White House hopeful Sen. Bernie Sanders, I-Vt., defended Saturday the nearly $1 million he earned in royalties from his book published after his failed 2016 presidential election.

The self-described socialist said he does not "apologize for writing a book that was No. 3 on the New York Times bestseller."

Sanders told supporters that he "didn’t know it was a crime to write a good book," as he pushed back against claims of hypocrisy for wanting to tax the rich. Sanders received three disbursements of royalty money from New York-based publisher Macmillan-St. Martin's Press totaling $900,000, according to his most recent Senate financial disclosure.

“My view has always been that we need a progressive tax system, which demands that the wealthiest people in this country finally start paying their fair share of taxes. If I make a lot of money, you make a lot of money, that is what I believe,” Sanders said, frustrated by the line of questioning. “So again, I don’t apologize for writing a book that was No. 3 on the New York Times bestseller, translated into five or six languages, and that’s that.”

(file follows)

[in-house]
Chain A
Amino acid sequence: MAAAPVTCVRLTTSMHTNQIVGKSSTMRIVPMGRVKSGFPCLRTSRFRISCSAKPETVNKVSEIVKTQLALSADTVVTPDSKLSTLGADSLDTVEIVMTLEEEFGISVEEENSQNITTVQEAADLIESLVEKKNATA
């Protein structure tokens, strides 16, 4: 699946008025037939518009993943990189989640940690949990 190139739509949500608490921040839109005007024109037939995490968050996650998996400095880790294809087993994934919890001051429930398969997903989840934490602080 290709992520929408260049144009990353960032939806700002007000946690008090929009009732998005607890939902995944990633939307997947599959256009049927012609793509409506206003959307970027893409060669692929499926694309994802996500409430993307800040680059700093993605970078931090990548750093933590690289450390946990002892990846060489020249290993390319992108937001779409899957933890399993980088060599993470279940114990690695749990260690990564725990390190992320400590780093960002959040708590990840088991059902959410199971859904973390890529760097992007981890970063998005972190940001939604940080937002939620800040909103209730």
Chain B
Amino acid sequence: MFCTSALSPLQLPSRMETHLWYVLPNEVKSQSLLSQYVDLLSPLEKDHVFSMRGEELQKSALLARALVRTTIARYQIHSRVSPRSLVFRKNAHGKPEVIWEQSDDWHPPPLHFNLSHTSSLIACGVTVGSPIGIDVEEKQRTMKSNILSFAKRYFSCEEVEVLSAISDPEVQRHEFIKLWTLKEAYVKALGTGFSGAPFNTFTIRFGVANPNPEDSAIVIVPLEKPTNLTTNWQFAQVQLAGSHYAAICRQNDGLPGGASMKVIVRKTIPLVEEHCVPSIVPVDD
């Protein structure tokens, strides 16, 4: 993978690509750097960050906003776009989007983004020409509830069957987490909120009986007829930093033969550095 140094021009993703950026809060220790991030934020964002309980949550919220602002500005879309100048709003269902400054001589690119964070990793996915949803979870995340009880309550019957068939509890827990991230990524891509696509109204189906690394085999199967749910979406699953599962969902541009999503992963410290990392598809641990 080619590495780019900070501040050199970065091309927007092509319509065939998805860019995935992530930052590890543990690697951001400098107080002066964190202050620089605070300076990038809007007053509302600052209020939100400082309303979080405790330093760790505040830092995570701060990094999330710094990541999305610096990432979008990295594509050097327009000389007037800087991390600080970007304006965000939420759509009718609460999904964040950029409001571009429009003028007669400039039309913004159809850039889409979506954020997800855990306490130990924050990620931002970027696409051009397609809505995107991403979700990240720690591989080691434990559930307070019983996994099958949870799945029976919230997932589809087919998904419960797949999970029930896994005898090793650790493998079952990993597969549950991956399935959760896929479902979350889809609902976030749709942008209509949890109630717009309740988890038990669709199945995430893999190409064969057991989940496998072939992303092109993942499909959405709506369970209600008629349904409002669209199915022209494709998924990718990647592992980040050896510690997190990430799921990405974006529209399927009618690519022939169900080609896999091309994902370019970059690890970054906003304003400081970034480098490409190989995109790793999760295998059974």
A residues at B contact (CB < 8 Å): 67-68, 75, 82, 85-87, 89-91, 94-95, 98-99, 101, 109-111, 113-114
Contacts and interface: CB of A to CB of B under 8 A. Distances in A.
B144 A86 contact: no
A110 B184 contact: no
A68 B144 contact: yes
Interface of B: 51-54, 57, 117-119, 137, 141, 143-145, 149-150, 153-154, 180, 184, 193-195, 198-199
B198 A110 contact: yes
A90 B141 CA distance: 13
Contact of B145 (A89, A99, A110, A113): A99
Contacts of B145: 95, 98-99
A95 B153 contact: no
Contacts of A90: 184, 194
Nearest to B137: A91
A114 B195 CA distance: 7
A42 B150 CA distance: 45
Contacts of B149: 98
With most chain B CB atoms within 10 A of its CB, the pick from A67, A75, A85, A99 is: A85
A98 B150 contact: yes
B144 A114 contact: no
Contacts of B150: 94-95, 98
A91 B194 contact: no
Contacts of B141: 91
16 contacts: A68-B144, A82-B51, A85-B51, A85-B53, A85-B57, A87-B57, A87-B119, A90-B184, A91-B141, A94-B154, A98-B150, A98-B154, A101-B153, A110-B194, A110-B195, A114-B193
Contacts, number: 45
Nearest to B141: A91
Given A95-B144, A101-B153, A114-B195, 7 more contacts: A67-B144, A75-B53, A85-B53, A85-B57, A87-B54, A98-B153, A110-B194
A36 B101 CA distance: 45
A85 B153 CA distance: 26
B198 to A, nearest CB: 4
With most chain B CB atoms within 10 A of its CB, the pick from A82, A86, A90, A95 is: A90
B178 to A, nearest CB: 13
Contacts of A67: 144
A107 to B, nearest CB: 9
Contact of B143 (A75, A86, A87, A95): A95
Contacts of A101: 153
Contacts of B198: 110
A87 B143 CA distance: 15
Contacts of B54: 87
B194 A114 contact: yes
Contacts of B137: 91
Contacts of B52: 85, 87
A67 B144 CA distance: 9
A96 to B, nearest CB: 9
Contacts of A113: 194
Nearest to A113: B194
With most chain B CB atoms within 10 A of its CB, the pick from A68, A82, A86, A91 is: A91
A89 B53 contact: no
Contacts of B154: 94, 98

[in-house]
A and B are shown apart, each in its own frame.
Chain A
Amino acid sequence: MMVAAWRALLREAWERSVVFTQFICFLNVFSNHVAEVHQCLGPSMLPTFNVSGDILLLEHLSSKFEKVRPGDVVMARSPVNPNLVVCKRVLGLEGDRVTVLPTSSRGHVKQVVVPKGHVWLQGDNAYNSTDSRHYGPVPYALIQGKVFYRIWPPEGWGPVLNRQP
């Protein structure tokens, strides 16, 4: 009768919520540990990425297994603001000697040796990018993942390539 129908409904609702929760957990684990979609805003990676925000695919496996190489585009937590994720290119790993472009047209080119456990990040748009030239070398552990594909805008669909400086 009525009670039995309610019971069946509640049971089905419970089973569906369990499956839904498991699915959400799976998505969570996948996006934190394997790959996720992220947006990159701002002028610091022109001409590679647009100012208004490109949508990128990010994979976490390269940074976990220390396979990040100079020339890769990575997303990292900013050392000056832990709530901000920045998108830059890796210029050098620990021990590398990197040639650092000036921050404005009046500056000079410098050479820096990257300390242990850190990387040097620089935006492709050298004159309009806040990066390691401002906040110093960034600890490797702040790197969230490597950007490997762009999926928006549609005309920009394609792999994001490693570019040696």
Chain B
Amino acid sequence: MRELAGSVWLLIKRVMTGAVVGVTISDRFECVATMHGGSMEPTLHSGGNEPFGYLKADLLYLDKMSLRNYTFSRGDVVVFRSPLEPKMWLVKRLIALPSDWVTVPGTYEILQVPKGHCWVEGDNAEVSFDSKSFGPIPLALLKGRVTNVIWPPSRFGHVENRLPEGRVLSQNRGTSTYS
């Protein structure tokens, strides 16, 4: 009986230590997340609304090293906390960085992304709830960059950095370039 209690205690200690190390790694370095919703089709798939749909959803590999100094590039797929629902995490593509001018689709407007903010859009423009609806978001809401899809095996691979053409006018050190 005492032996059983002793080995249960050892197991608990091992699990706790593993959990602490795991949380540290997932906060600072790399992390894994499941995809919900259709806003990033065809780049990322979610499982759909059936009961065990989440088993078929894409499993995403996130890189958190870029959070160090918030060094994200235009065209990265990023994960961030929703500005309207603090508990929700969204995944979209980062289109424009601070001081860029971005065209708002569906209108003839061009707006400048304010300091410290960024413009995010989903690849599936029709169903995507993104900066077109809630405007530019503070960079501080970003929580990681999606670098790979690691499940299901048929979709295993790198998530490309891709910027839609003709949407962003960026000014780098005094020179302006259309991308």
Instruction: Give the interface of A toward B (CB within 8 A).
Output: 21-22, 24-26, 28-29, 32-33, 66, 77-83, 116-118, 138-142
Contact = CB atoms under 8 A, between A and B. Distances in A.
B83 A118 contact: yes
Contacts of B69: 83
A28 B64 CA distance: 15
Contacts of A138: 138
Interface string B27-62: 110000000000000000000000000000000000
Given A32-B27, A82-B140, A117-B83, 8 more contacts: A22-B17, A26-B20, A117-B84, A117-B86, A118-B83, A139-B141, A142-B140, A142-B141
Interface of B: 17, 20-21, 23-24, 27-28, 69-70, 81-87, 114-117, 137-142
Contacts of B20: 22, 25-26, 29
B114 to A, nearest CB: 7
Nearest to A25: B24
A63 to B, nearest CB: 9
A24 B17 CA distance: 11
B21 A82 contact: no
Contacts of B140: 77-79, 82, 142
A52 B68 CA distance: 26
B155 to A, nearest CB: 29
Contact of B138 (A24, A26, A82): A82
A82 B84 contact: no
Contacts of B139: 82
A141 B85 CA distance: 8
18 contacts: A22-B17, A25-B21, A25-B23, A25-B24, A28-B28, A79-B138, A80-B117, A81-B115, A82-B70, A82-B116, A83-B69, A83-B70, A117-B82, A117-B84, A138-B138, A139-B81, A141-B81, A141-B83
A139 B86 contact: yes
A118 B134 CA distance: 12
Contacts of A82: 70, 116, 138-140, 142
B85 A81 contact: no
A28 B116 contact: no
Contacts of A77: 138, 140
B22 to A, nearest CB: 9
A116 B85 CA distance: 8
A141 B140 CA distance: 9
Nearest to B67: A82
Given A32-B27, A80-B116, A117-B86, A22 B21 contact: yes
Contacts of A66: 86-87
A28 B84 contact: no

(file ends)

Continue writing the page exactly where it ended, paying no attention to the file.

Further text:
Sanders has made taxing "the millionaires and billionaires" a central component of his presidential campaigns both in 2016 and 2020, blaming the rich for ruining the American economy. "We will no longer tolerate 46 percent of all new income going to the very richest people in this country," Sanders said in his campaign kickoff last month.

Sanders agreed last week to release his tax returns while admitting that he was a millionaire.

The Vermont lawmaker currently sits in second place for the Democratic nomination, according to the latest RealClearPolitics polling average. He trails former Vice President Joe Biden, who has yet to announce a presidential run, by 10 percentage points.